The new Chief Commissioner has been announced today as former President of The Institute of Chartered Accountants in England and Wales, Graham Ward. The Independent Commission for Aid Impact (ICAI) will use a traffic light system in around 20 reports a year to rate the effectiveness of aid programmes.
Increased aid spending must be matched by greater independent scrutiny - which is why the Independent Commission for Aid Impact is being established. The Independent Commission will focus on ensuring all UK aid is well spent.
The new Independent Commission is the first of its kind and will lead the world in aid accountability, combining the very best from both audit scrutiny and development evaluation bodies.
Secretary of State for International Development Andrew Mitchell said:
“The UK Government is dispensing with the power to sweep things under the carpet. The Commission will shine a light on where aid works and where improvements are needed. We will lead other donors in opening our books to independent scrutiny. We have a duty to squeeze 100 pence of value from every pound.
“Graham Ward is a successful business leader with more than 35 years national and international experience in assurance, standards and scrutiny. He is an expert in accountancy and his whole career has been about intense scrutiny of big business spending.
“Results, transparency and accountability will be our watchwords and will define everything we do. The new Commission has the power to scale up the projects that have proved their success. It will be there to ensure we deliver on our promises.
Chief Commissioner for the Independent Commission for Aid Impact Graham Ward said:
“I am delighted to take up the appointment of Chief Commissioner for the new Independent Commission for Aid Impact. Together with my fellow Commissioners, I look forward to getting on with the vital job of ensuring that our country’s aid budget achieves maximum value and effectiveness.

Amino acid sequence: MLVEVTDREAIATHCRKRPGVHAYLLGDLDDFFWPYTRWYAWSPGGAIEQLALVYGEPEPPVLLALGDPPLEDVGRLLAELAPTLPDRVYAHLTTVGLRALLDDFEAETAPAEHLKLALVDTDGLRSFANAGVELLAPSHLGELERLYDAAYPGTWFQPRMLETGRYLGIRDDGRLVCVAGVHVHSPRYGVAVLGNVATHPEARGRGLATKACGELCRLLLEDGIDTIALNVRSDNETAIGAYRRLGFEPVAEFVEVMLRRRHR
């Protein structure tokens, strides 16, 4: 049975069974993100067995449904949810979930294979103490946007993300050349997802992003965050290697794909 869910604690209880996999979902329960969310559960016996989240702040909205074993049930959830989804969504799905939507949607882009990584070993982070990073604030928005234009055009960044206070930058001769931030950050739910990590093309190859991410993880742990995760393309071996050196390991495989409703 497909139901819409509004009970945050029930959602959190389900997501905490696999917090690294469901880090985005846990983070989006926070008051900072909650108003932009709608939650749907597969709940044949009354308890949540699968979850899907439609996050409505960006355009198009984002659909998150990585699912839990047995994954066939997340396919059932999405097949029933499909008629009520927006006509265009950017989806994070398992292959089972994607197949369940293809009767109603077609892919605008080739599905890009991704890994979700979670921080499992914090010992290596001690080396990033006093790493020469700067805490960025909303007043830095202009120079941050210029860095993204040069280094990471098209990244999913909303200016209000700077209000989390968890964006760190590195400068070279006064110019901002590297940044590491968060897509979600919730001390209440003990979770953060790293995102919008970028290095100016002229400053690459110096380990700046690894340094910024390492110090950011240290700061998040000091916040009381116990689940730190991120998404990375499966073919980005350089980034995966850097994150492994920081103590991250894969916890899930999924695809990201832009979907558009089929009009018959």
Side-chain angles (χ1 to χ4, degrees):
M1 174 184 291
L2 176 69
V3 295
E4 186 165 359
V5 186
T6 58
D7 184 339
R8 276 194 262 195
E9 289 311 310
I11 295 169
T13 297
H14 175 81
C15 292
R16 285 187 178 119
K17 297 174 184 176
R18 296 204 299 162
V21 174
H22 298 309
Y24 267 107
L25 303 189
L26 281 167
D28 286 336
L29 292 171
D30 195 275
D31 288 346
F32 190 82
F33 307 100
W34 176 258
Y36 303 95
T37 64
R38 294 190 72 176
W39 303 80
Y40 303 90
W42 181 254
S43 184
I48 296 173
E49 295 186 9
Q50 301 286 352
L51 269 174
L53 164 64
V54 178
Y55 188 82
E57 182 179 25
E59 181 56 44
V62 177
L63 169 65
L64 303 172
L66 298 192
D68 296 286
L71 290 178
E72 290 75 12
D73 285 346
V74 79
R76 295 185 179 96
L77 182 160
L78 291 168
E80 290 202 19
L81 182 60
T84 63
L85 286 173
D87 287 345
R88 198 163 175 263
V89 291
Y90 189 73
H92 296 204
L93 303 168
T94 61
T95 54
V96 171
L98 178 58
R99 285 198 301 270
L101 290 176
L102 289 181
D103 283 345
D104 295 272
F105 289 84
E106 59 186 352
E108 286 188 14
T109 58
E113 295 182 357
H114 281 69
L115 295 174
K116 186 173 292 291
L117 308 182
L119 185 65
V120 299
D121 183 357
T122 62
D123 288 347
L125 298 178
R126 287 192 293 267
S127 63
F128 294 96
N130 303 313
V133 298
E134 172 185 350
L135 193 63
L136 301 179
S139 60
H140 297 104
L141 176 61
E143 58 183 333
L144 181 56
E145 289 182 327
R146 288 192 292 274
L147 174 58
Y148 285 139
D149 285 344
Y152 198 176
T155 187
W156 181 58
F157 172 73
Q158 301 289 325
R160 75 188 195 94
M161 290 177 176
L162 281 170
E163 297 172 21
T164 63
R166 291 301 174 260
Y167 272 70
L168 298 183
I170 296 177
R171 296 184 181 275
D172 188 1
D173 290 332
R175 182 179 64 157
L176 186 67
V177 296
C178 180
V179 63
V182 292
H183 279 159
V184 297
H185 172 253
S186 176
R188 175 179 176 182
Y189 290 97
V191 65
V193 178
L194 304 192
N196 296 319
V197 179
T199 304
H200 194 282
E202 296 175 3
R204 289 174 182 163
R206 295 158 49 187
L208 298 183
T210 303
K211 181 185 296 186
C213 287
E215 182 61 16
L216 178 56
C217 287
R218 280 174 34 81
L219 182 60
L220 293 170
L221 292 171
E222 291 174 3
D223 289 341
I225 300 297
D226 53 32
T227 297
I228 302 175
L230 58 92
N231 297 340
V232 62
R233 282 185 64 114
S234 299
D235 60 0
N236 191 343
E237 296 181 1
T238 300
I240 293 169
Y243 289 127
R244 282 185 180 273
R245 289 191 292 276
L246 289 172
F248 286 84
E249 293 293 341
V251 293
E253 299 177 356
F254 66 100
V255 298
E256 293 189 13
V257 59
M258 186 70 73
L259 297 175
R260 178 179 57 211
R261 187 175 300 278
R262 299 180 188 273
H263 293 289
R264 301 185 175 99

“I am keen to work with the International Development Committee and members of the public in designing our work programme and to help the Department to learn from both its successes and its weaknesses.”
The Independent Commission will be totally independent from Government. It will have completely separate decision-making powers, staff and location from the Department for International Development.
The Commission will report directly to Parliament. The Chief Commissioner went before a pre-appointment hearing with the International Development Select Committee this week, to which the Commission will report directly.
They will use a traffic light system to judge effectiveness - “red”, through “amber” to “green” meaning it is delivering excellent results. Every penny will be open to scrutiny. The Commission will undertake around 20 major evaluations, reviews and investigations with recommendations per year.
Independent Commission reports will be published on their website directly - with no interference from Government. This means their findings will be immediately available to the UK taxpayer and recipient countries.